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I think by reading this blog, you can easily figure out that I love movies and especially love excellent ones.
I ran into another last night on Turner Classic Movies. I hadn’t seen it in a while and I had forgotten how damn good it really is and it’s now on my list of four-star movies.
It’s “A Face in the Crowd” from 1957 starring Andy Griffith, Patricia Neal, Walter Matthau and Lee Remick. It’s directed by Elia Kazan, who brought us such film classics as “A Street Car Named Desire” and “On The Waterfront.” The screenplay is by Budd Schubert, based on his short story.
Neal plays Marcia Jeffries, a producer that discovers Larry Rhodes (Griffith) in an Arkansas jail. She gets to know Rhodes and likes his folksy personal charm along with his sense of humor and singing ability.
She gets him a radio program at an Arkansas radio station and he’s a quick hit. He then gets his own television show in Memphis and then goes big time in New York City.
Audiences can’t get enough of Rhodes, who takes the stage name Lonsome Rhodes, and his country ways and tell it like it is attitude. But then Rhodes starts believing his own publicity and thinks he is larger than life. Jeffries is horrified at the media monster she created. Rhodes heads for a downfall.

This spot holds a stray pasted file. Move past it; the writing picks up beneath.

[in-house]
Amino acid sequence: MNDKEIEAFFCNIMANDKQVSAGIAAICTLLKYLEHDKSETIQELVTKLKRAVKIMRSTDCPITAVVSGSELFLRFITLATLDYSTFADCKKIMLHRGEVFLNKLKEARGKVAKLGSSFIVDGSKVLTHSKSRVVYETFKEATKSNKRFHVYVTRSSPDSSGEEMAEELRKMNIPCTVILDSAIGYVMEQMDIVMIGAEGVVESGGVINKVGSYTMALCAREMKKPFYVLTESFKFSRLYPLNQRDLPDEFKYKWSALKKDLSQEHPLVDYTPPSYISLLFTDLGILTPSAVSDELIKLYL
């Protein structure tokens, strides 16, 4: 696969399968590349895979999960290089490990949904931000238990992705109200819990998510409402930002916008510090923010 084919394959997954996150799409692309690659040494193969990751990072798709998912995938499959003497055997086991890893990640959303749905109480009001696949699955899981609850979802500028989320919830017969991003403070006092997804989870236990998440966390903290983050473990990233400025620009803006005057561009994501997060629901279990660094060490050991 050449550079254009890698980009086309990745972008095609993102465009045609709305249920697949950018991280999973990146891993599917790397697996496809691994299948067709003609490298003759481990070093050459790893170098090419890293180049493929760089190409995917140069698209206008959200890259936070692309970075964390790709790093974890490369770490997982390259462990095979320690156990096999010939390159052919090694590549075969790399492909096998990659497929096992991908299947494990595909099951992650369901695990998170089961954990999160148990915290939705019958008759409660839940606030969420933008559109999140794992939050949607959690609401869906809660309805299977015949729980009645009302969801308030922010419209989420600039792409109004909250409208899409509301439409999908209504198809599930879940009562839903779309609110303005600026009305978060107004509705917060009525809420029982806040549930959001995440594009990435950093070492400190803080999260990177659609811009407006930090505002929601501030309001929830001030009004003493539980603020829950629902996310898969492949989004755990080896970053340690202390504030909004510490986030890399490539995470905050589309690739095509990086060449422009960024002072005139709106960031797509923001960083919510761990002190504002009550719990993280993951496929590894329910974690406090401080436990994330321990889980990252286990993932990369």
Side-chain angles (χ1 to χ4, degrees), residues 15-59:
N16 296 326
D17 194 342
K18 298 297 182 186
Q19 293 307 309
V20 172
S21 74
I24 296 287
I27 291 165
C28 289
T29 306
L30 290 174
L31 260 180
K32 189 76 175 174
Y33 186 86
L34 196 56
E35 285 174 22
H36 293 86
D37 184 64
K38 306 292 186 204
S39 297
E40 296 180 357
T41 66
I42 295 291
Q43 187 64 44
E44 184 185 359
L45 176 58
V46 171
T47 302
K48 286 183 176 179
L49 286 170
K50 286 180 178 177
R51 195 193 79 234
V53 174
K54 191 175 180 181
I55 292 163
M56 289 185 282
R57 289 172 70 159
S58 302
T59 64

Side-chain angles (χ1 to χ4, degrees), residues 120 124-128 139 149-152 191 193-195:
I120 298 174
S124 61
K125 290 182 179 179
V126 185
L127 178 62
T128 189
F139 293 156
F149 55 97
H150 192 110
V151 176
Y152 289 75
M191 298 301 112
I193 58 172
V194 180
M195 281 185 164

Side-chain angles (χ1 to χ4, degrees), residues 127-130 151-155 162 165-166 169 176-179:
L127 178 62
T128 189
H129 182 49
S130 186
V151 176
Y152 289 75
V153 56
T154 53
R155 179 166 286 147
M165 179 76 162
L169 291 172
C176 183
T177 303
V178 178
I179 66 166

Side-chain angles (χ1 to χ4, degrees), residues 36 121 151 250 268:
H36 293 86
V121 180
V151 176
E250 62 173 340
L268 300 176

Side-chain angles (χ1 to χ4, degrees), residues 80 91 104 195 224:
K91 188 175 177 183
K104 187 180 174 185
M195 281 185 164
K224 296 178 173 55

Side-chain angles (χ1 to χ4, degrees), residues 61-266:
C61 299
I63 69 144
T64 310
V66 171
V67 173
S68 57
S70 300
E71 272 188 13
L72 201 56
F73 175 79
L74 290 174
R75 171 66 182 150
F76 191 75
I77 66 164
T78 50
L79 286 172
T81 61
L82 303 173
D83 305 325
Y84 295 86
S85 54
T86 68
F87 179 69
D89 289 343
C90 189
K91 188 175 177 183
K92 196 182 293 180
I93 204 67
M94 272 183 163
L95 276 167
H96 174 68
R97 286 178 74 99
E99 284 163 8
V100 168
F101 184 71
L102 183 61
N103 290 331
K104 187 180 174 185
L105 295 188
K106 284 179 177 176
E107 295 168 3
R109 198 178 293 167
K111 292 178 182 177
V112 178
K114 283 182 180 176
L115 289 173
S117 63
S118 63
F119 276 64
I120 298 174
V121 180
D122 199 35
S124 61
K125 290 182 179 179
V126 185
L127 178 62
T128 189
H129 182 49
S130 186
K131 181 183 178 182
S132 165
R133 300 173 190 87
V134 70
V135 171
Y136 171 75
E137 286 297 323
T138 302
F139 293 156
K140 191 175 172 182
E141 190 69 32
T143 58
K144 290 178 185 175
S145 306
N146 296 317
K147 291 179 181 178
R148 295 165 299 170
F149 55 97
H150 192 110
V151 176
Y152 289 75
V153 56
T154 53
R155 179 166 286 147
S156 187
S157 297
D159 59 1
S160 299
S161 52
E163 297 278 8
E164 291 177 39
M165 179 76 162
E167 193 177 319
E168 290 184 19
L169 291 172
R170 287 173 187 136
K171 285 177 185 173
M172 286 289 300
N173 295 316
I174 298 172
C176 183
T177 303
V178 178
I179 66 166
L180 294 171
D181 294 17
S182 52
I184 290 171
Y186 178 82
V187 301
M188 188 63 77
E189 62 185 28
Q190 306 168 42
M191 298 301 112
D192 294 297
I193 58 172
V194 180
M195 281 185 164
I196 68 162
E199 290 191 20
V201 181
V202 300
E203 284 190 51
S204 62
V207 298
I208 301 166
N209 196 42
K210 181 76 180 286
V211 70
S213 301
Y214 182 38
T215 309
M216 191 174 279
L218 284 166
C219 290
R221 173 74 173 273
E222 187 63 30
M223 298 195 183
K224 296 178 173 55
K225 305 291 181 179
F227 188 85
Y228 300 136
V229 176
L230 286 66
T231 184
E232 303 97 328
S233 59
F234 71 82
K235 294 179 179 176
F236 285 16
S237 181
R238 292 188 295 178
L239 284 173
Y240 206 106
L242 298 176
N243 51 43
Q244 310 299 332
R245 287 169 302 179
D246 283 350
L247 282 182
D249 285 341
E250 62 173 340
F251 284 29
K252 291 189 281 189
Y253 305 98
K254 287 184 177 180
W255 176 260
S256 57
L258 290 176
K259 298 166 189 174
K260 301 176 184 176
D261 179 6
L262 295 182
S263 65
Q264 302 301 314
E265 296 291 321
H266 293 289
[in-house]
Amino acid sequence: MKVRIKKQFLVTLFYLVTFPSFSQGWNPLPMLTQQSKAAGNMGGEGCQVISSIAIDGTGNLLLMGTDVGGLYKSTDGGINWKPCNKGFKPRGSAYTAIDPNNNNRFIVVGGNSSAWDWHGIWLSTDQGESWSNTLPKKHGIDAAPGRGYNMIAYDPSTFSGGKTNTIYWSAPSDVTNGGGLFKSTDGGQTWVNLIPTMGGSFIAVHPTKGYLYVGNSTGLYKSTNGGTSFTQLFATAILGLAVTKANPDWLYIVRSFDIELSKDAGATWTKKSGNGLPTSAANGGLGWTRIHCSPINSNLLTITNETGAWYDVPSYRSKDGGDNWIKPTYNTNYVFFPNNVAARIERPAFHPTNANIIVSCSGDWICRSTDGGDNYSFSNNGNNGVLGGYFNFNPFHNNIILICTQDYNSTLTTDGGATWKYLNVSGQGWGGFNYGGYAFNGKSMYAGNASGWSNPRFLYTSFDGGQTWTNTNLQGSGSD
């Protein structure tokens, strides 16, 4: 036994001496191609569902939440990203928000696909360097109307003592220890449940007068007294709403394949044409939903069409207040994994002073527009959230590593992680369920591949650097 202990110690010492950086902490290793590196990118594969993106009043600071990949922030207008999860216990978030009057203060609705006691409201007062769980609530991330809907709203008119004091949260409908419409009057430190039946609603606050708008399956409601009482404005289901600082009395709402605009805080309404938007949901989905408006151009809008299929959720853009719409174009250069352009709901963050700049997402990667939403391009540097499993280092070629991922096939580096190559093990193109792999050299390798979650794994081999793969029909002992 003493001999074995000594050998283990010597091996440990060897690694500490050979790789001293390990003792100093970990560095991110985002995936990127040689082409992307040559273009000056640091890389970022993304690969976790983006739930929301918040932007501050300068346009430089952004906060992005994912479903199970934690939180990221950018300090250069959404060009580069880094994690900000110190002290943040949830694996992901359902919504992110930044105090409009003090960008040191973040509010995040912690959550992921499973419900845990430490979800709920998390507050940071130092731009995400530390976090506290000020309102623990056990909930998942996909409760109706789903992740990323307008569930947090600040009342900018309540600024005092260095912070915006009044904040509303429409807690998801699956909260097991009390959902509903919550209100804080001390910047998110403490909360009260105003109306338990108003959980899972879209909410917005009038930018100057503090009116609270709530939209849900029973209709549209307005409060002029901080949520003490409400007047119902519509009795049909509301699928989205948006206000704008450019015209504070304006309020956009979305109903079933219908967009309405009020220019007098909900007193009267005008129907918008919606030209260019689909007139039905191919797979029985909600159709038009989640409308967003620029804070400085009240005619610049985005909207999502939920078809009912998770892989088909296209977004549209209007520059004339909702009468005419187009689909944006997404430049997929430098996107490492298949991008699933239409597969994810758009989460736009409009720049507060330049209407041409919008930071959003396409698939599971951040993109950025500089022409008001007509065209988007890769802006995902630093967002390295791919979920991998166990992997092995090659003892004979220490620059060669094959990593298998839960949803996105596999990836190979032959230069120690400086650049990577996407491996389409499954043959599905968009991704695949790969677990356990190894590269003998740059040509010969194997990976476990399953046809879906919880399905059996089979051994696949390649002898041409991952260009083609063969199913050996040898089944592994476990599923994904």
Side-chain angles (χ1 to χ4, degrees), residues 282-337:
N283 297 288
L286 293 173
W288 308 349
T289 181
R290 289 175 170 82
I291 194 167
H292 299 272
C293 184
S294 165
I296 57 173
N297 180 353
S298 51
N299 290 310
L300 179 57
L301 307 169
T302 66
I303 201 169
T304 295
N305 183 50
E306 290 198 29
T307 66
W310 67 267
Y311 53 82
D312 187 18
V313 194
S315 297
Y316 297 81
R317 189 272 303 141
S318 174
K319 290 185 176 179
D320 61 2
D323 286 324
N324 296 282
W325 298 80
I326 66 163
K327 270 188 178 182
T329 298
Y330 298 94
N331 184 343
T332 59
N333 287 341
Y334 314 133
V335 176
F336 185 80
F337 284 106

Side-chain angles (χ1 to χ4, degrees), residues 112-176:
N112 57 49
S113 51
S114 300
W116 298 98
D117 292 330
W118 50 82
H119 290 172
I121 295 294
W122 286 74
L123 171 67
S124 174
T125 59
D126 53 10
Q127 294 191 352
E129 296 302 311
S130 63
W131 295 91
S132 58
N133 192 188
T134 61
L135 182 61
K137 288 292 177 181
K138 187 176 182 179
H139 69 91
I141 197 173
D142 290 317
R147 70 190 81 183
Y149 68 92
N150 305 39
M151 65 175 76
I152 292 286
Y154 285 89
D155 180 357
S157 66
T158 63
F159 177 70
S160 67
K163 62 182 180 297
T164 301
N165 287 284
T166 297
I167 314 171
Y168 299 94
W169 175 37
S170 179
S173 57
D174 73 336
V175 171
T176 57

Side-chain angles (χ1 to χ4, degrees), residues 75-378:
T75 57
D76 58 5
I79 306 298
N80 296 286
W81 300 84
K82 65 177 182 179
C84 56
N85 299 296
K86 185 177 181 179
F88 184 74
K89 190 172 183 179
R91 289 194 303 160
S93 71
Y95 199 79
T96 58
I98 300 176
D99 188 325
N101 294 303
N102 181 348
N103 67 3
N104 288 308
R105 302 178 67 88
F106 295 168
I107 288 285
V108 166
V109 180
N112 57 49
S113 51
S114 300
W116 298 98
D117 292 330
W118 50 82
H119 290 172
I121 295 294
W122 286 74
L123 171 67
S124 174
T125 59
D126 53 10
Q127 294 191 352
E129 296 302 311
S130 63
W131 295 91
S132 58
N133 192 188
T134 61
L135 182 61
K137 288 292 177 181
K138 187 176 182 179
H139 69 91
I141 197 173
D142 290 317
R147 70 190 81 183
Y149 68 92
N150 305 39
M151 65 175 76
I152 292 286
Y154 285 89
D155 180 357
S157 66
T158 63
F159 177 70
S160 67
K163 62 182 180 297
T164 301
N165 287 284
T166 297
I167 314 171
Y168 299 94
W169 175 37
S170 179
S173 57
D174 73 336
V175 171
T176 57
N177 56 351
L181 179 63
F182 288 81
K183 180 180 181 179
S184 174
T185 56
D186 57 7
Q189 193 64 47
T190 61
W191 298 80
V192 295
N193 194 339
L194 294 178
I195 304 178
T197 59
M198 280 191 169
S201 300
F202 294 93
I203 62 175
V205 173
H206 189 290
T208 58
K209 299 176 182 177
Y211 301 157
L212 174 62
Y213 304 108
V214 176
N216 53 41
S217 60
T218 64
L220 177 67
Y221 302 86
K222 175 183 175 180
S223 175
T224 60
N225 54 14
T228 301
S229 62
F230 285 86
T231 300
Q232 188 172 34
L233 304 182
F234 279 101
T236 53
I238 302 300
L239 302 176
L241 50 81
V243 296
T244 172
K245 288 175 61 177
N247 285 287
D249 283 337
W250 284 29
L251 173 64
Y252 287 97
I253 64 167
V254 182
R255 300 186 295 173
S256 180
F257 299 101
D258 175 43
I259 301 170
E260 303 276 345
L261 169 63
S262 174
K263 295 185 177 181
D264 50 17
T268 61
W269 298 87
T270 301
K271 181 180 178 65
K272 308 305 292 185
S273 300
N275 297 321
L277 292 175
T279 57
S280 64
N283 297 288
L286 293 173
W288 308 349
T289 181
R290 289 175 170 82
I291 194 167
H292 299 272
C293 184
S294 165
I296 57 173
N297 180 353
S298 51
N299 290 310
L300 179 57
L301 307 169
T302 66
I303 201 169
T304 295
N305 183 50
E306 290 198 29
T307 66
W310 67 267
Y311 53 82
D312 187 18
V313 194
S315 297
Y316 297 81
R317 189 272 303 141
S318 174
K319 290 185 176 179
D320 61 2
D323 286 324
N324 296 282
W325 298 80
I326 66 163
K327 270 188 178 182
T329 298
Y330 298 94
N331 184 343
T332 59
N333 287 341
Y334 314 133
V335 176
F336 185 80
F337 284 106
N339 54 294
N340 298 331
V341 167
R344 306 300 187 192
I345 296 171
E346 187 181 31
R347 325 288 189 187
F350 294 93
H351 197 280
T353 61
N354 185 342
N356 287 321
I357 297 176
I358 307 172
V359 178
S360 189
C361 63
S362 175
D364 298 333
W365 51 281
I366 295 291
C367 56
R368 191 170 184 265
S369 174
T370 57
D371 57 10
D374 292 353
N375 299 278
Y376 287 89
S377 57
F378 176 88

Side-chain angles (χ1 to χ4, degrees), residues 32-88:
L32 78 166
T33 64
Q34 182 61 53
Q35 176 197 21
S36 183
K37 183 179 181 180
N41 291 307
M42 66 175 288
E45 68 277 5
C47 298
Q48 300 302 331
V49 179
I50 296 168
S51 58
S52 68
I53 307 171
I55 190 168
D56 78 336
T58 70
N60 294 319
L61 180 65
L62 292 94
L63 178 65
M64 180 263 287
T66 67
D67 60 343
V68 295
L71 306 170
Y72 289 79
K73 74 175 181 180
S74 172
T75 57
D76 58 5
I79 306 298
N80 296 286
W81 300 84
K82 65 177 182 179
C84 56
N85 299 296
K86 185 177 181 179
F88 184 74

If I label a movie a four-star one, it’s because the acting performances are all top-notch and the actors are not leaving anything on the table and other elements of a film are working in sync. This is completely true of “A Face in the Crowd.”
It’s hard to believe the film received no Oscar nominations. It was not well-received when it came out, but critics have been kinder to it as time has gone on. Perhaps, because it did not give a good reflection of how television is made or the audience that is influenced by it. It’s similar to how a mirror was held up to the film industry in “Sunset Boulevard” in 1950.
Griffith was wonderful in the TV classic “The Andy Griffith Show” and later “Matlock.” But if you didn’t think he had acting chops, watch this movie.
“A Face in the Crowd” I feel remains timeless with the influence of cable television news and talk shows today.
TCM will show it again Nov. 4 at 11:15 p.m. CST.

UNTIL NEXT TIME. . .

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